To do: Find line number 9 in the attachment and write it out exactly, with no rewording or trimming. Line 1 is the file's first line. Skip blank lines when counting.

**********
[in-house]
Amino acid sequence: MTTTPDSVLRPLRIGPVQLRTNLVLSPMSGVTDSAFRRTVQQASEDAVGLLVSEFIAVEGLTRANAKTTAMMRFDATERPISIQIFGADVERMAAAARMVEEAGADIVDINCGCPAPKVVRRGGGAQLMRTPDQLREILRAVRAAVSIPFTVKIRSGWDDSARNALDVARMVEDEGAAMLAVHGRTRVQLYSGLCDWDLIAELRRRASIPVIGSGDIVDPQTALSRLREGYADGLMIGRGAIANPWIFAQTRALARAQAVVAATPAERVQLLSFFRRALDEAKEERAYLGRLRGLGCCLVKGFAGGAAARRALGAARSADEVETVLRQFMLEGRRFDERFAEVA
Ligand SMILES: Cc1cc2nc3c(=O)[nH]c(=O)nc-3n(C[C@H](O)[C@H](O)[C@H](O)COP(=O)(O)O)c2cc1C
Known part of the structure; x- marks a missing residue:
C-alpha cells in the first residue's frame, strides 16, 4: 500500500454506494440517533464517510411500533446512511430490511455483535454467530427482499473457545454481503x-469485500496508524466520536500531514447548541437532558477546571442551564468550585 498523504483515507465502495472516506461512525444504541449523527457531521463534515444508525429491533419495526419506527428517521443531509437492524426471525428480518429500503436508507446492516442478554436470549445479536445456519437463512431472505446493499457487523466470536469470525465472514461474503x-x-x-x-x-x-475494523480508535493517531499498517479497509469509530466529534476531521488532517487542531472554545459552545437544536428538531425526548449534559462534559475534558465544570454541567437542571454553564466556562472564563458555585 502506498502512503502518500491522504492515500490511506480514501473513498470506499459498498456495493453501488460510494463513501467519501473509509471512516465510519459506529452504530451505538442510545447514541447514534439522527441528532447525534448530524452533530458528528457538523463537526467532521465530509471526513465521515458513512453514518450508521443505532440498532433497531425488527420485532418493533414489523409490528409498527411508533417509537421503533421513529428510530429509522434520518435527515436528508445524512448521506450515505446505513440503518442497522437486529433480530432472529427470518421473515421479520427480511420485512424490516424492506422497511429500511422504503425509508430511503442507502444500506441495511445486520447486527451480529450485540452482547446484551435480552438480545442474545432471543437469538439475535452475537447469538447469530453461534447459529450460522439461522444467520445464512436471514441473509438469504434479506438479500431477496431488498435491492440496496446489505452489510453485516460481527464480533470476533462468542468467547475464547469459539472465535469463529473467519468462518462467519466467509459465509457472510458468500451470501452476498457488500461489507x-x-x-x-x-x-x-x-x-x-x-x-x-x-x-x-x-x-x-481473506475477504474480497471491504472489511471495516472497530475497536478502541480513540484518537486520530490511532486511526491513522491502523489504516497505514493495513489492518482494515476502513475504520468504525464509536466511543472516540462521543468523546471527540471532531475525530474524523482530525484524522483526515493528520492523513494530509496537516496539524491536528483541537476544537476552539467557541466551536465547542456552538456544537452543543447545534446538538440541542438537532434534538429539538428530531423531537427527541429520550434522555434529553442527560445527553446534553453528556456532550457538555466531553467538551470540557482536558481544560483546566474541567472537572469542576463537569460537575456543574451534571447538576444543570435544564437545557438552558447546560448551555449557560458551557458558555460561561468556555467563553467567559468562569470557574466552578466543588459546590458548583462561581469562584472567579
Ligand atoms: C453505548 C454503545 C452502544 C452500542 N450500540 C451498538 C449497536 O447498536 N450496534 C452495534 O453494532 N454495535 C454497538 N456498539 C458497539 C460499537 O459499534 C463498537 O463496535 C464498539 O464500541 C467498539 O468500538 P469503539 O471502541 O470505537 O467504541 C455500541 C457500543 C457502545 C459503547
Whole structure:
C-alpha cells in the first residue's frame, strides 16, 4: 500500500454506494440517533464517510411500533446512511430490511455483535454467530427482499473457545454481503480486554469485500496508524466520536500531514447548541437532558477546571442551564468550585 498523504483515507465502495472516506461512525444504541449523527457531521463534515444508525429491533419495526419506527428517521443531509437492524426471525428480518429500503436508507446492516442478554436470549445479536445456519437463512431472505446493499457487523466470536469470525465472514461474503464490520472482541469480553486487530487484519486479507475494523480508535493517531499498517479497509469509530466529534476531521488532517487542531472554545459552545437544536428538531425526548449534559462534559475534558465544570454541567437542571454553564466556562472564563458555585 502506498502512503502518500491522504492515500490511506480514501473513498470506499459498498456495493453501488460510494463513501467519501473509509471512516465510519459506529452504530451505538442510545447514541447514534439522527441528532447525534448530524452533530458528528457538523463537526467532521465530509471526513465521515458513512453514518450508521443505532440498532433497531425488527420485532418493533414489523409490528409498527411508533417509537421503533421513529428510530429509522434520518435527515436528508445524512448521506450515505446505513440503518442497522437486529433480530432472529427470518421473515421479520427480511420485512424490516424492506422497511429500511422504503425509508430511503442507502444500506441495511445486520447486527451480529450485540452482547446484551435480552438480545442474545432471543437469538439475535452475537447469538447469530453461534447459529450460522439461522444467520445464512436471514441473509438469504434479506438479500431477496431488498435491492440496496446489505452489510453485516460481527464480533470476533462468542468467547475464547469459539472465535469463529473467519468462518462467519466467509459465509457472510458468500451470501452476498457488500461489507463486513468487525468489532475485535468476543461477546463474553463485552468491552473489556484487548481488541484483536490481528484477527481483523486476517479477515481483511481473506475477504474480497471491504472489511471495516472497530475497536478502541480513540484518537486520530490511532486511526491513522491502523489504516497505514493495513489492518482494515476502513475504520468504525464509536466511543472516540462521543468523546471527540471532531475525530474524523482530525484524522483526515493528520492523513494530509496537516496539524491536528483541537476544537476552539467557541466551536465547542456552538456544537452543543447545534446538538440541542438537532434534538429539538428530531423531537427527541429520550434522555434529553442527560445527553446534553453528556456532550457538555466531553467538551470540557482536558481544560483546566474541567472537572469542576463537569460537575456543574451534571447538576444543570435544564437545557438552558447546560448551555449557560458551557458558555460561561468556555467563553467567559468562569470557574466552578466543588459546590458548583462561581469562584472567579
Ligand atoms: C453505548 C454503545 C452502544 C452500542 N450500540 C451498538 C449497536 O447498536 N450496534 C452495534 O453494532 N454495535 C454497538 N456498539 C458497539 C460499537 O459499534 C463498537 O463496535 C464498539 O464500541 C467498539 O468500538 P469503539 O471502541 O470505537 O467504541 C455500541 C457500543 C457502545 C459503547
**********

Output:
Ligand atoms: C453505548 C454503545 C452502544 C452500542 N450500540 C451498538 C449497536 O447498536 N450496534 C452495534 O453494532 N454495535 C454497538 N456498539 C458497539 C460499537 O459499534 C463498537 O463496535 C464498539 O464500541 C467498539 O468500538 P469503539 O471502541 O470505537 O467504541 C455500541 C457500543 C457502545 C459503547